I want to believe that, if not on any other occasion, during this period with the insecurity and terrorism, they may have since staged a return. Since 1999 till date, this has been the longest time the military has been out of power in the history of this country. They have refrained from dabbling into politics, having lost face due to the June 12 battle and the lesson learnt from the battle. The June 12 struggle also taught Nigerians that they can fight to assert their rights when it becomes necessary. And that the military is not invincible.
What is your assessment of the present democratic dispensation?
Those of us who were in the vanguard of the struggle thought Nigeria would be a better place after the exit of the military. I also believe that the politicians have learnt their lessons. I will tell you that I am terribly disillusioned with what is happening in Nigeria. In the first few years, we thought we were learning the ropes. But after 19 years, nobody will tell me we are still learning the ropes. Unfortunately, we do not have good and selfless leaders. If we had good leaders, most of the corruption going on would have been checked.
Corruption has become the albatross on the neck of the Nigerian people. The police are corrupt, the judiciary is corrupt and our leaders are rotten. In a situation like this, it is very difficult to have progress or development. Corruption can be tackled if we have a strong special leader, a man that is above board. My prayer is for children yet unborn to take this country out of the hands of inept politicians and set it on the right track.
In what way do you think we can deepen democracy in Nigeria?
When I talk about corruption, I mean it has eaten into every facet of our life. It is evident in the electoral process. All the elections we have had over the years have grown progressively worse. Only the South-West in the last election had a modicum of free and fair elections. During the NRC and SDP days, when I was active in politics, elections were close. But in the South/South where I come from, electoral malpractices are rampant. But we can deepen democracy if we begin to create strong institutions, rebuild the police, the judiciary and the legislature.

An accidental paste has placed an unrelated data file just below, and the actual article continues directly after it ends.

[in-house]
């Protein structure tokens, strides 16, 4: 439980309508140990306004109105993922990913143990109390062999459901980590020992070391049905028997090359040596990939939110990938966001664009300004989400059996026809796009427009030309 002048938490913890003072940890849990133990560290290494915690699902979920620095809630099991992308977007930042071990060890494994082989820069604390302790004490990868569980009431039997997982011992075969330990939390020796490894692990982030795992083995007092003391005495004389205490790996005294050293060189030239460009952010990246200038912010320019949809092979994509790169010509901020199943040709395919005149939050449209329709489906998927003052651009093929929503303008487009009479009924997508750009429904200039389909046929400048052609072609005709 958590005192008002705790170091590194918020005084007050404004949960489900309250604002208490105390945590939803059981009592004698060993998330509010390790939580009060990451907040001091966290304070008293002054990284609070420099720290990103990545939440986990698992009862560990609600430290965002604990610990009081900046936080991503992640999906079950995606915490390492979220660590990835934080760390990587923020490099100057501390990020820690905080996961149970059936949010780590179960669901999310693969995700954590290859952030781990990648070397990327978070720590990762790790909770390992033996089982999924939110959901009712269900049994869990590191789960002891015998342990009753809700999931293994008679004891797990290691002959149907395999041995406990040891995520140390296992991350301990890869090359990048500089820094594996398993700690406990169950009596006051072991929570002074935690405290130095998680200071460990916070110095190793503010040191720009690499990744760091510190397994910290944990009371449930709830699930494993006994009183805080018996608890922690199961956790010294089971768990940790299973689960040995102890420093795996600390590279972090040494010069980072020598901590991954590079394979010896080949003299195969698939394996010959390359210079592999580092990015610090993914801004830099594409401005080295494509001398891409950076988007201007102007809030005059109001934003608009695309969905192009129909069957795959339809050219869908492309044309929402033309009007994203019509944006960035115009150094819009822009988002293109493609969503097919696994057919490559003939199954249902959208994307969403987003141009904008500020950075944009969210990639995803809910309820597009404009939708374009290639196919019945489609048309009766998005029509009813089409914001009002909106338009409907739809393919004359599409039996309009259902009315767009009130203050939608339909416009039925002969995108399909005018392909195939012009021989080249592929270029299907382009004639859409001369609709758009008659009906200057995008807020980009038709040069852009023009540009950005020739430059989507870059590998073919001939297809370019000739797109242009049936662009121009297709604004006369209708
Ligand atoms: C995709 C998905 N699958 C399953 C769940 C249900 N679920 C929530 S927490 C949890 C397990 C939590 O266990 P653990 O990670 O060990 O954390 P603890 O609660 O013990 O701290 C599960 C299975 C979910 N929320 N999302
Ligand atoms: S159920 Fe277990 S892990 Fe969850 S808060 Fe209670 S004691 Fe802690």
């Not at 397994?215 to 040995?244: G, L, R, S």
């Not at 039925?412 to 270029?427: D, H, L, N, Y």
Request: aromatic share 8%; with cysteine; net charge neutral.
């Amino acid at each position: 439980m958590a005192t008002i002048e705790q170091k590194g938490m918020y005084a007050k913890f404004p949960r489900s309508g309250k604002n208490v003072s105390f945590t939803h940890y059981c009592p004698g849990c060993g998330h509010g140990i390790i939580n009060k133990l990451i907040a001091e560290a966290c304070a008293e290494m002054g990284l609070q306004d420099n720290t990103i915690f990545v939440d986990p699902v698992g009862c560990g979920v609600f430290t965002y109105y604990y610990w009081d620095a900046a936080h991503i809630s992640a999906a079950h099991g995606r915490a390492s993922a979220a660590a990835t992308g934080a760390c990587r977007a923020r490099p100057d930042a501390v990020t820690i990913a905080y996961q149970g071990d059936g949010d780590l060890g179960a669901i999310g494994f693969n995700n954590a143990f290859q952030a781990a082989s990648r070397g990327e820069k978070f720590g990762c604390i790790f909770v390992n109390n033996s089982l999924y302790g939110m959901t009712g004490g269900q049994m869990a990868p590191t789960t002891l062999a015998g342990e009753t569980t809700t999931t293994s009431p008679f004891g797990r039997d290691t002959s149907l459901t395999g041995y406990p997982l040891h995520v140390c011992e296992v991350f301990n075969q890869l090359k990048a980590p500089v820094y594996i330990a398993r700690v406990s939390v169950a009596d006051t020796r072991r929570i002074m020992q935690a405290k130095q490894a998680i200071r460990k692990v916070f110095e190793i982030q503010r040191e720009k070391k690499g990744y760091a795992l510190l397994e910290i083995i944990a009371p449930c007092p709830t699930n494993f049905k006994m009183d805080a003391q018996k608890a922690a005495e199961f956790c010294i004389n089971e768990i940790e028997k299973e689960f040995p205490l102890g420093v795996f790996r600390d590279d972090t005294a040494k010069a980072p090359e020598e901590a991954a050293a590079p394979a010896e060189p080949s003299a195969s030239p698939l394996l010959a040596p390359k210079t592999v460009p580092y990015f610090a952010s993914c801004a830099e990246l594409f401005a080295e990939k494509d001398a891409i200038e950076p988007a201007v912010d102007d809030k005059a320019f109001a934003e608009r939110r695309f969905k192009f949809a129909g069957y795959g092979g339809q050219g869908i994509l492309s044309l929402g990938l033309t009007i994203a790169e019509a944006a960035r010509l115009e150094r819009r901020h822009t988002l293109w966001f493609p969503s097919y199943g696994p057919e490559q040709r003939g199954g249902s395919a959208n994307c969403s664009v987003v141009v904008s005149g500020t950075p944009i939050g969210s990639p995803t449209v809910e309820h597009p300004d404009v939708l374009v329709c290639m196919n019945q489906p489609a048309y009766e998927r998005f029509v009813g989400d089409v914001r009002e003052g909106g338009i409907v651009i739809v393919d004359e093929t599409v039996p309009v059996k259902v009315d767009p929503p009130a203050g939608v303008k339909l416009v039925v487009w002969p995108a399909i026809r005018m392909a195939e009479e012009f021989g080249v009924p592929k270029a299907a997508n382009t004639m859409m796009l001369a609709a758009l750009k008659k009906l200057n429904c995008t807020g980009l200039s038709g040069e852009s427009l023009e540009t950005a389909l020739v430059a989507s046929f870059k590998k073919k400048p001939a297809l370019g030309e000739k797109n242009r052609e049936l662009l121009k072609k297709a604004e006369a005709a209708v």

What role would you have civil society groups play in our democracy?
After fighting the military dictators, one would think they will play a prominent role in moulding democracy. But the greedy politicians will not allow them. How many of those enjoying the fruits of political offices today are prepared to lay down their lives for democracy, apart from a few people in the South-West. Great men like Gani Fawehinmi, Femi Falana, Wole Soyinka and others in the oil unions who made great sacrifices. But don’t forget that the battle was fought by the oil workers. And that is why some of us spent 5-6 years in some of the worst prisons in the land.
How do you think Nigeria can get out of the political quagmire?
Many say leadership is difficult. But I say leadership is not difficult. You must open clean hands to your people. You do not cheat them; you call your constituents for consultation. There must be proper representation of the people. It is not a situation where the most unpopular candidate in a community wins an election because of money and connections. Take a look at democracy in action in some African nations like Ghana and Senegal. Look at how democracy works in Europe.
Culled From THE NATION